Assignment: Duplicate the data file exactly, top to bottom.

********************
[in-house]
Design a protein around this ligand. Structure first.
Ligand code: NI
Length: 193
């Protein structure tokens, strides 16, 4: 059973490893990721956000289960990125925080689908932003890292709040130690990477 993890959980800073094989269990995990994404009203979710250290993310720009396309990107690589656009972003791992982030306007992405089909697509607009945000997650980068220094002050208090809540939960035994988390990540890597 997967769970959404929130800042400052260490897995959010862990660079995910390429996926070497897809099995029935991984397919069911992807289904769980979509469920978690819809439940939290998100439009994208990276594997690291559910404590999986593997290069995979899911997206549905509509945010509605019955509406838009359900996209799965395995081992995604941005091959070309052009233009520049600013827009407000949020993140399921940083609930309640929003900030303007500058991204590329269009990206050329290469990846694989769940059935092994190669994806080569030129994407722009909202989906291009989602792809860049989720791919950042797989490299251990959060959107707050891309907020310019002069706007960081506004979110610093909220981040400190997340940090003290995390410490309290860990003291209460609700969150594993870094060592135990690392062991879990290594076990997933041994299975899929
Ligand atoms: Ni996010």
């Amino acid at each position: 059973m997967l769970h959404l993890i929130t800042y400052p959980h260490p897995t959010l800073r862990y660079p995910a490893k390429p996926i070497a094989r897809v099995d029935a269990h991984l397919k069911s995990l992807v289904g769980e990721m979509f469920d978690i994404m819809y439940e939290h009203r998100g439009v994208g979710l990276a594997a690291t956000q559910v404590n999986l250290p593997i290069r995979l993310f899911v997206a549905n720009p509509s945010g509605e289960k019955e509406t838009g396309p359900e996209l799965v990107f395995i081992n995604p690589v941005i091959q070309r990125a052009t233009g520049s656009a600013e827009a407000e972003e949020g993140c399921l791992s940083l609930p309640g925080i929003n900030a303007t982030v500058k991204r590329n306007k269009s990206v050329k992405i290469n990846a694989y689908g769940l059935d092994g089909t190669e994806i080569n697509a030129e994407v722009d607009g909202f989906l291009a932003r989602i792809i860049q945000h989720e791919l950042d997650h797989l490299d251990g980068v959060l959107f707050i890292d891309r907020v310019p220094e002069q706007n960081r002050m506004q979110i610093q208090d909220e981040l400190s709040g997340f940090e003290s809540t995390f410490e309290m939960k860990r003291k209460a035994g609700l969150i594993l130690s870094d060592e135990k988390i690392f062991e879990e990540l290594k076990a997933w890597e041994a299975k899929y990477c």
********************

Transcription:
[in-house]
Design a protein around this ligand. Structure first.
Ligand code: NI
Length: 193
């Protein structure tokens, strides 16, 4: 059973490893990721956000289960990125925080689908932003890292709040130690990477 993890959980800073094989269990995990994404009203979710250290993310720009396309990107690589656009972003791992982030306007992405089909697509607009945000997650980068220094002050208090809540939960035994988390990540890597 997967769970959404929130800042400052260490897995959010862990660079995910390429996926070497897809099995029935991984397919069911992807289904769980979509469920978690819809439940939290998100439009994208990276594997690291559910404590999986593997290069995979899911997206549905509509945010509605019955509406838009359900996209799965395995081992995604941005091959070309052009233009520049600013827009407000949020993140399921940083609930309640929003900030303007500058991204590329269009990206050329290469990846694989769940059935092994190669994806080569030129994407722009909202989906291009989602792809860049989720791919950042797989490299251990959060959107707050891309907020310019002069706007960081506004979110610093909220981040400190997340940090003290995390410490309290860990003291209460609700969150594993870094060592135990690392062991879990290594076990997933041994299975899929
Ligand atoms: Ni996010």
């Amino acid at each position: 059973m997967l769970h959404l993890i929130t800042y400052p959980h260490p897995t959010l800073r862990y660079p995910a490893k390429p996926i070497a094989r897809v099995d029935a269990h991984l397919k069911s995990l992807v289904g769980e990721m979509f469920d978690i994404m819809y439940e939290h009203r998100g439009v994208g979710l990276a594997a690291t956000q559910v404590n999986l250290p593997i290069r995979l993310f899911v997206a549905n720009p509509s945010g509605e289960k019955e509406t838009g396309p359900e996209l799965v990107f395995i081992n995604p690589v941005i091959q070309r990125a052009t233009g520049s656009a600013e827009a407000e972003e949020g993140c399921l791992s940083l609930p309640g925080i929003n900030a303007t982030v500058k991204r590329n306007k269009s990206v050329k992405i290469n990846a694989y689908g769940l059935d092994g089909t190669e994806i080569n697509a030129e994407v722009d607009g909202f989906l291009a932003r989602i792809i860049q945000h989720e791919l950042d997650h797989l490299d251990g980068v959060l959107f707050i890292d891309r907020v310019p220094e002069q706007n960081r002050m506004q979110i610093q208090d909220e981040l400190s709040g997340f940090e003290s809540t995390f410490e309290m939960k860990r003291k209460a035994g609700l969150i594993l130690s870094d060592e135990k988390i690392f062991e879990e990540l290594k076990a997933w890597e041994a299975k899929y990477c």